Let me start off this product review by stating my credibility. By no means am I a professional, but I bought the Black Diamond Harness with the idea of using it for work and climbing. I presently instruct climbing for a neighborhood gym and I like to climb for fun. I have traveled the Midwest with this harness, visiting many states and gyms. I use myself on average 5 hours each week for everything from climbing to belaying customers. Although I usually top-rope, wearing this harness allowed me to appreciate several lead and multi-pitch climbs. I have based this assessment on the following criteria: durability, comfortability, and targeted customer due to my particular consumer needs.For a third of the cost, the Black Diamond Harness offers the same comfort and feel as a $100 Petzel harness. It is not as lightweight a harness as a beginner or experienced climber might need. Having said that, I think that this product is meant for novice to intermediate climbers who require a robust, comfortable, and well-made item. It can be used to belay, climb top rope, lead, or multi-pitch routes safely.The double stitching and shielded gear loops are a couple of the characteristics that contribute to this product's durability. The double stitching is dependable and extremely sturdy. To completely prevent the potential of failure, the loops and connecting elements have all been reinforced. The gear loops have clear plastic coatings that make it simple to hang gear and clip carabiners. These loops have supported up to twenty pounds of gear at times for me, and they have never failed.I might also mention how cozy this harness is. I needed this a lot because I belay so frequently. I discovered that the harness met that comfortability requirement. The leg and waist cushions have proven to be especially useful while belaying customers for extended periods of time. Breathable fabrics and a broad enough waist strap prevent the belt from digging into the climber. You can tell that the climber's comfort while wearing this item was given careful thought.This harness is the one for you if you want a comfy one that won't break the budget. If you're a beginner or novice climber looking for a device that is secure, dependable, and adaptable, stop looking. For the price, this harness is a fantastic product, and I would definitely buy it again.- J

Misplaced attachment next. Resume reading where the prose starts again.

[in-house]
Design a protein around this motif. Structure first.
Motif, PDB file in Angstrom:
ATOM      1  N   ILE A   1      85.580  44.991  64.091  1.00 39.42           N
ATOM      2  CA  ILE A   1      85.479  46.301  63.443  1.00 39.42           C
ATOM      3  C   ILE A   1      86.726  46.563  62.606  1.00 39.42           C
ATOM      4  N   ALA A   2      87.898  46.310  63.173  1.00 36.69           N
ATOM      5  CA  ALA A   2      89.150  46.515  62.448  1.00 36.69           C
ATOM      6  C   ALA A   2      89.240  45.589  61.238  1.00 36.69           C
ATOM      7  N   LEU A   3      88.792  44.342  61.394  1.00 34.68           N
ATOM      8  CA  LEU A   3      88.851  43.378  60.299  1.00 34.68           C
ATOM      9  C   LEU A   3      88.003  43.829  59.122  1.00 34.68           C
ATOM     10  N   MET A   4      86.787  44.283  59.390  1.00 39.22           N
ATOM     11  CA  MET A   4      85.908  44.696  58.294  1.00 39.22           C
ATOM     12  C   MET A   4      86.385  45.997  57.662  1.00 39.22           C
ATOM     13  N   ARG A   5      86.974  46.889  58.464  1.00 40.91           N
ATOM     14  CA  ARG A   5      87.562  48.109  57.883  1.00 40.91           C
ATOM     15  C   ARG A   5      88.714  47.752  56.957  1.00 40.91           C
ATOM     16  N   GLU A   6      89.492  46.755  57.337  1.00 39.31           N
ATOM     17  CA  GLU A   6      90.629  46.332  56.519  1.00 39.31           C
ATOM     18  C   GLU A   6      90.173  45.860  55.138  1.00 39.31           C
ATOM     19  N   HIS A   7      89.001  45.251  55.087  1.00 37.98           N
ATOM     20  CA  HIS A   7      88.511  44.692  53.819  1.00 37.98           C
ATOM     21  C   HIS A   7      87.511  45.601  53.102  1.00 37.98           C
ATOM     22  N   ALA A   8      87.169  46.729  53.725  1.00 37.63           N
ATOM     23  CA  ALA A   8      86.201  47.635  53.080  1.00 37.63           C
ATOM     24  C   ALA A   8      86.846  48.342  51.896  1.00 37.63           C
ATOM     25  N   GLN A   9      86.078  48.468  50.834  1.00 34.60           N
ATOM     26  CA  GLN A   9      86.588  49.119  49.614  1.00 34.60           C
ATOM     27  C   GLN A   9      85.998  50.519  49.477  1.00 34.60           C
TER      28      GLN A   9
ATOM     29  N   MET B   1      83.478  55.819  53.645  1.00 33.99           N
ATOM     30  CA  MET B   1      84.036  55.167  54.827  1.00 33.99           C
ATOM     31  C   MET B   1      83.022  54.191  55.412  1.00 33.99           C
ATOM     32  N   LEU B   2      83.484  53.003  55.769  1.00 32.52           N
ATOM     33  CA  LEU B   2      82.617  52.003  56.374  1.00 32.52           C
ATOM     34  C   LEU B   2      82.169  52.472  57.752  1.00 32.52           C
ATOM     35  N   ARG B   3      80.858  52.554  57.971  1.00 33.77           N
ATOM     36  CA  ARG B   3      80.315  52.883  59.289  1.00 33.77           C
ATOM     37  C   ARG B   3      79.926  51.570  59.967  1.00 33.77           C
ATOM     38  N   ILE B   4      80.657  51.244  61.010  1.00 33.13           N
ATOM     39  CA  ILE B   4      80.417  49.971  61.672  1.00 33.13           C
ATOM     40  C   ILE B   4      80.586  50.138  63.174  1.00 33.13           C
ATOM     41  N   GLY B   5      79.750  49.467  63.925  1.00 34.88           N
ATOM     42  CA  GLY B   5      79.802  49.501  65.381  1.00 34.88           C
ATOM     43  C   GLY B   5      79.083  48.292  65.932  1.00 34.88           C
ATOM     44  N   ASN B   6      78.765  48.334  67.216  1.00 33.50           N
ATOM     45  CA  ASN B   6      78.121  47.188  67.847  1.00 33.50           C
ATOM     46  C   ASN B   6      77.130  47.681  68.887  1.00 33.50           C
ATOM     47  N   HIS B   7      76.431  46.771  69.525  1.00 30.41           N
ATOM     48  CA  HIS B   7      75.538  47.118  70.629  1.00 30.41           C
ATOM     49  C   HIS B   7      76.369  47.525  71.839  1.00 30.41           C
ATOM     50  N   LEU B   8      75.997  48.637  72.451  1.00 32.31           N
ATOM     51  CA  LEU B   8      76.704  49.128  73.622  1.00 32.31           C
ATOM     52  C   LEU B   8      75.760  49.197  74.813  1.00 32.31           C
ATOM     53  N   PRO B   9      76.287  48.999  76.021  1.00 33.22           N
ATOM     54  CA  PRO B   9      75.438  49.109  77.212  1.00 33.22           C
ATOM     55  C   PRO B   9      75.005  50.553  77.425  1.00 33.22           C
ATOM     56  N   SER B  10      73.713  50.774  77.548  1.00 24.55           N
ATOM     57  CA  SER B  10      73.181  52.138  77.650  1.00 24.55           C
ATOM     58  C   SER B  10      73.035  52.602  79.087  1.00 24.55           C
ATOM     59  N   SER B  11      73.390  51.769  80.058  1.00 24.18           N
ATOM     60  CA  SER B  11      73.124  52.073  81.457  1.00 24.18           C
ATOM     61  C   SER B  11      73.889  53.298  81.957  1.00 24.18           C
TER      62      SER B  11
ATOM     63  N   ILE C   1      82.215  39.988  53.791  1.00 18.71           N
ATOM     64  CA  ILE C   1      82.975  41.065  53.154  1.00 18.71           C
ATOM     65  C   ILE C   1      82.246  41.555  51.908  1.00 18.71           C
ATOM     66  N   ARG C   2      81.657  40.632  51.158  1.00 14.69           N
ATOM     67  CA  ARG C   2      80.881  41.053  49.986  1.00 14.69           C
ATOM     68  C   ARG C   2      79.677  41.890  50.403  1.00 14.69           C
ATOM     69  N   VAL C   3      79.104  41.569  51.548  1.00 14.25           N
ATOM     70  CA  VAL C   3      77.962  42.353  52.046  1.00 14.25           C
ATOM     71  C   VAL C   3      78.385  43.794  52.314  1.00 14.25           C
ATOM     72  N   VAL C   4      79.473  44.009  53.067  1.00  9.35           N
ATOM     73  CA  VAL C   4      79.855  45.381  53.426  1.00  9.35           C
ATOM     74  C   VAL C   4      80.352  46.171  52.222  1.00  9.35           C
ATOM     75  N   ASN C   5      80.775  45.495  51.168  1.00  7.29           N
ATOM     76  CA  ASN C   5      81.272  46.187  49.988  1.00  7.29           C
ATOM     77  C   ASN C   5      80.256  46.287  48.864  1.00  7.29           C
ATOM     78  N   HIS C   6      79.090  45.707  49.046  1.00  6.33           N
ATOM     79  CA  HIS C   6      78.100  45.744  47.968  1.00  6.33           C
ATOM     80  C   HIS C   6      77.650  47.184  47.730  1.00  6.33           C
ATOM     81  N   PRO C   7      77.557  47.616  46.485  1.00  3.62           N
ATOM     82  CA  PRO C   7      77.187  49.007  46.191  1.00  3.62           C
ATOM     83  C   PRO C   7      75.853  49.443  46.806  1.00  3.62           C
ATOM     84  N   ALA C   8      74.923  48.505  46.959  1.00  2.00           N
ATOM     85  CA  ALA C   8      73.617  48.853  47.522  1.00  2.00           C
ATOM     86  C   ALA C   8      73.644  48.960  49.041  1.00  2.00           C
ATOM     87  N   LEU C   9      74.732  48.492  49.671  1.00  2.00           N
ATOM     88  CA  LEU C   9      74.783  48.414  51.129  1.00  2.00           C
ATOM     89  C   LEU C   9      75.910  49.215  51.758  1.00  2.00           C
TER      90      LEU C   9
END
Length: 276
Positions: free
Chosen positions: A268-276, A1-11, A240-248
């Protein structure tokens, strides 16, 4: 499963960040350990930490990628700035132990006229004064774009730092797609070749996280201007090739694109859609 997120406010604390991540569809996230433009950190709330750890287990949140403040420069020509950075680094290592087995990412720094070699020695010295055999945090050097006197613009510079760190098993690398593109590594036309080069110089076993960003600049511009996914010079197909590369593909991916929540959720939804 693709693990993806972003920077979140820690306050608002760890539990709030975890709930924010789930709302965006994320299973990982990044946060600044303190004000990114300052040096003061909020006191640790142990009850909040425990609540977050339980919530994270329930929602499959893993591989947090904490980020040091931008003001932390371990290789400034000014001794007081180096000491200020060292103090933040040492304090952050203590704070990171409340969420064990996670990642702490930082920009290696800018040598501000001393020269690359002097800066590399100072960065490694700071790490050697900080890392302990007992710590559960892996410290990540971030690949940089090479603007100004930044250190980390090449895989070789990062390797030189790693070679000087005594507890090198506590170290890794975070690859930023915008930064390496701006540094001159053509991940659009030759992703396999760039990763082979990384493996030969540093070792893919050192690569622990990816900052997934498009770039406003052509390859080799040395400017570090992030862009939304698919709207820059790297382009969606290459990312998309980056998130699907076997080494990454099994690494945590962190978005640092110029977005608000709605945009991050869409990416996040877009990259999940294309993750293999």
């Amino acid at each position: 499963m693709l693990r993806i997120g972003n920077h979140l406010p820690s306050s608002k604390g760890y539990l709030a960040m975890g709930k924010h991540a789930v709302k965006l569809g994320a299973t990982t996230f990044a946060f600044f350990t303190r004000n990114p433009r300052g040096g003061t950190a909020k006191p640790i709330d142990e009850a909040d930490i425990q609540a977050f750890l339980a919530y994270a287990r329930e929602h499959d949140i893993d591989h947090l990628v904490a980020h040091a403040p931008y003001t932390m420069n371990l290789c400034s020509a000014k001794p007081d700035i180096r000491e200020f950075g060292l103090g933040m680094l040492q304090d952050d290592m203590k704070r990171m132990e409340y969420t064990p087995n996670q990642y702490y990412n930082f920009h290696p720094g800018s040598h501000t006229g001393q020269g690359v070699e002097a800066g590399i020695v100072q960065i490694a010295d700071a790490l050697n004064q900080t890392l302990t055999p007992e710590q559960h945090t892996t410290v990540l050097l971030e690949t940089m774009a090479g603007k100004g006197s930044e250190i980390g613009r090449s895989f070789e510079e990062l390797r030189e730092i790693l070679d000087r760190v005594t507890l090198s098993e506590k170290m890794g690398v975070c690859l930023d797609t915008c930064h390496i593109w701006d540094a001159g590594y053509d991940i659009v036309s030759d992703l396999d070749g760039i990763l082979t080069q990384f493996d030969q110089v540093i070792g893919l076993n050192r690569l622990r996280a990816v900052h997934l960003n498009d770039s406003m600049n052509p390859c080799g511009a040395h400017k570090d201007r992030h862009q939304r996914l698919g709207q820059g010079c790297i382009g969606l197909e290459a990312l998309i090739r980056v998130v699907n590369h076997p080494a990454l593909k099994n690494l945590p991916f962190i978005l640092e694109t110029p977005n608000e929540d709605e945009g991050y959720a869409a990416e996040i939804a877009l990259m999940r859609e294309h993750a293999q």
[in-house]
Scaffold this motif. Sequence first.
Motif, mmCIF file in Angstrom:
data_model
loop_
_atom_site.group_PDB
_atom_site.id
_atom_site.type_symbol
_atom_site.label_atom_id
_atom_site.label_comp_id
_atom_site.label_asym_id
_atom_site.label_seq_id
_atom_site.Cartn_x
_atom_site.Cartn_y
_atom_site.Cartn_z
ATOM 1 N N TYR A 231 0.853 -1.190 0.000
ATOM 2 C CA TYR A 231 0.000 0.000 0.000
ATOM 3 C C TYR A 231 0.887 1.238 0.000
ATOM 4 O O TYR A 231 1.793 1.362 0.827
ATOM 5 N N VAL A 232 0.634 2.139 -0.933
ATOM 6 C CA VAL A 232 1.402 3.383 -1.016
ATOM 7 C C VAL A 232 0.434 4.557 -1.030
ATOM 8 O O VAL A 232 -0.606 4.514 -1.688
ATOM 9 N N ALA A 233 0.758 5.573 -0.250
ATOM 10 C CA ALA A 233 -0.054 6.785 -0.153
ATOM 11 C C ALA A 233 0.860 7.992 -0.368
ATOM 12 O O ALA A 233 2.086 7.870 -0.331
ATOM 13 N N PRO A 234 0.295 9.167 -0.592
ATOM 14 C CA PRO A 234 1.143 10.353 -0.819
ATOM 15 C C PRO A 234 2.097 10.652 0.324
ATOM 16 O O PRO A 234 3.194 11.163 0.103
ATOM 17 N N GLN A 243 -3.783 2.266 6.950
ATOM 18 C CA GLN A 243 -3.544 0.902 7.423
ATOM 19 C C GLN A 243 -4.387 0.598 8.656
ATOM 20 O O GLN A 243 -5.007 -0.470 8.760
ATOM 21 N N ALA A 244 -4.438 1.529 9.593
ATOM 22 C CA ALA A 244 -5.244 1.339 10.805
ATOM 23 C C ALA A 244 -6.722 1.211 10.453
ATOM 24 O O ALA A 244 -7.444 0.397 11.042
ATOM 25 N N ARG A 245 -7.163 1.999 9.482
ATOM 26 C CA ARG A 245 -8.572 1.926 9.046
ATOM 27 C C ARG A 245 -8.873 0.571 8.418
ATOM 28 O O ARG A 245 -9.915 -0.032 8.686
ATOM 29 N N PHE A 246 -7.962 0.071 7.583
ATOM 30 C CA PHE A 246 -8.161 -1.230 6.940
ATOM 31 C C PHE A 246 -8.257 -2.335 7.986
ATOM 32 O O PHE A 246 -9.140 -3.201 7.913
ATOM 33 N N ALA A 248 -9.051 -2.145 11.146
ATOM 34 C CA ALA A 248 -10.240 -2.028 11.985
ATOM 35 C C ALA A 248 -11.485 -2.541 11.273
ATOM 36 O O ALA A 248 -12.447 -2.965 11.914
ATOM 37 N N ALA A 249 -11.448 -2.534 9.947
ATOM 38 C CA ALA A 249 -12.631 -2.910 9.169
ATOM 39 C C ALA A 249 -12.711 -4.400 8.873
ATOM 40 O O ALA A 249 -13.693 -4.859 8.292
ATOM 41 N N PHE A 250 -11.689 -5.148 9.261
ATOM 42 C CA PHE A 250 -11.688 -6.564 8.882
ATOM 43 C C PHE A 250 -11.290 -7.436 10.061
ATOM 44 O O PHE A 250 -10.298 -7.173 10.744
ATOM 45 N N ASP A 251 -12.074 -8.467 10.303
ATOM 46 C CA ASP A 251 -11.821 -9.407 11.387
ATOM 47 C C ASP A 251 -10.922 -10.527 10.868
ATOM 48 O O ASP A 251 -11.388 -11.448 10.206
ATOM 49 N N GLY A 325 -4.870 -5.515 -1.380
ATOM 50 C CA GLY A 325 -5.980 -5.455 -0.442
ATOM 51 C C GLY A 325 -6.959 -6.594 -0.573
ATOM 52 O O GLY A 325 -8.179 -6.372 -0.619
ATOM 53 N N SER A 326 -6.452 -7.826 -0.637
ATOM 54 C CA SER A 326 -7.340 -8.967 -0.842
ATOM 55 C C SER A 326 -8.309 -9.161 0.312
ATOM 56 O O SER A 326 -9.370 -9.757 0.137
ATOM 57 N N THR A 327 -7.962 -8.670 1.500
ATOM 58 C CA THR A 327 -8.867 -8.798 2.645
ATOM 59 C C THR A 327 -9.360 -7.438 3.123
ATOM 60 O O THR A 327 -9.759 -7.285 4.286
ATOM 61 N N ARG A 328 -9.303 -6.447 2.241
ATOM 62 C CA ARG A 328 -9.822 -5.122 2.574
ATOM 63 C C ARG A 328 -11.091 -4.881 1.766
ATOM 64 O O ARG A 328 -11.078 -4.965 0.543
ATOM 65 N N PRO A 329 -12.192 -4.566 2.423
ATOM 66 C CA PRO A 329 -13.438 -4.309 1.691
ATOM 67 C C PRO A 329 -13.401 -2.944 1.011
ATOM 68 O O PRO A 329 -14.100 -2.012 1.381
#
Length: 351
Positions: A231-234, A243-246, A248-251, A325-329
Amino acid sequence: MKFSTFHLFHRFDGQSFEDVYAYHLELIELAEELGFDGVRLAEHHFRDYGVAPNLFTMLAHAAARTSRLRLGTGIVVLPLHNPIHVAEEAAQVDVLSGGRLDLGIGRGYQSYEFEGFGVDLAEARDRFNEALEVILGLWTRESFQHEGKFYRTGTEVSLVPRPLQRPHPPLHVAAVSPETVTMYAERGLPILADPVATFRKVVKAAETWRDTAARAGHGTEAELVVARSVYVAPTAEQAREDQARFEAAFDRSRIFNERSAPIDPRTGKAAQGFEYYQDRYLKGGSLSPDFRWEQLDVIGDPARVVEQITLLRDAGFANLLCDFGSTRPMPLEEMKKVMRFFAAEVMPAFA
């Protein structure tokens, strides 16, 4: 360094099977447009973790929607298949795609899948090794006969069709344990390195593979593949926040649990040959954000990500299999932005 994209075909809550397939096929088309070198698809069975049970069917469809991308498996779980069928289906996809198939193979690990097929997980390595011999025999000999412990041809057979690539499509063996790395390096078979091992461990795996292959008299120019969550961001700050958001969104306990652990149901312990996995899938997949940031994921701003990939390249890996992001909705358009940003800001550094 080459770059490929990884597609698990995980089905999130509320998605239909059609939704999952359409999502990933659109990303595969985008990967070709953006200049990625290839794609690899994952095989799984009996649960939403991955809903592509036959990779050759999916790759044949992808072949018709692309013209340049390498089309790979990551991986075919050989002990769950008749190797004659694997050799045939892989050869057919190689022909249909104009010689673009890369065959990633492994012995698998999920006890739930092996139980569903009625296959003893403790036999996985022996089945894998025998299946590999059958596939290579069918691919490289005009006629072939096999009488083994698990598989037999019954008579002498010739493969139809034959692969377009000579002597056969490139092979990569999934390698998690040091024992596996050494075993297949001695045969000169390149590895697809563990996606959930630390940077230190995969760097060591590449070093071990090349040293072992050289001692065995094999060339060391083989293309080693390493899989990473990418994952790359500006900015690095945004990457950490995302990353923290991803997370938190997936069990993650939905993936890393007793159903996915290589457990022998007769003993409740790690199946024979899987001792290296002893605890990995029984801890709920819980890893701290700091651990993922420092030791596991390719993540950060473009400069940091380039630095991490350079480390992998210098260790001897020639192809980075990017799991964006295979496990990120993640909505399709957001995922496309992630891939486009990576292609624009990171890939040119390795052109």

Gabbro Climbing Harness, Thickened Wider Safety Harness to Protect Waist, Safety Gear Climbing Rope for Fall Protection, Harness for Work at Height Fire Rescuing Review: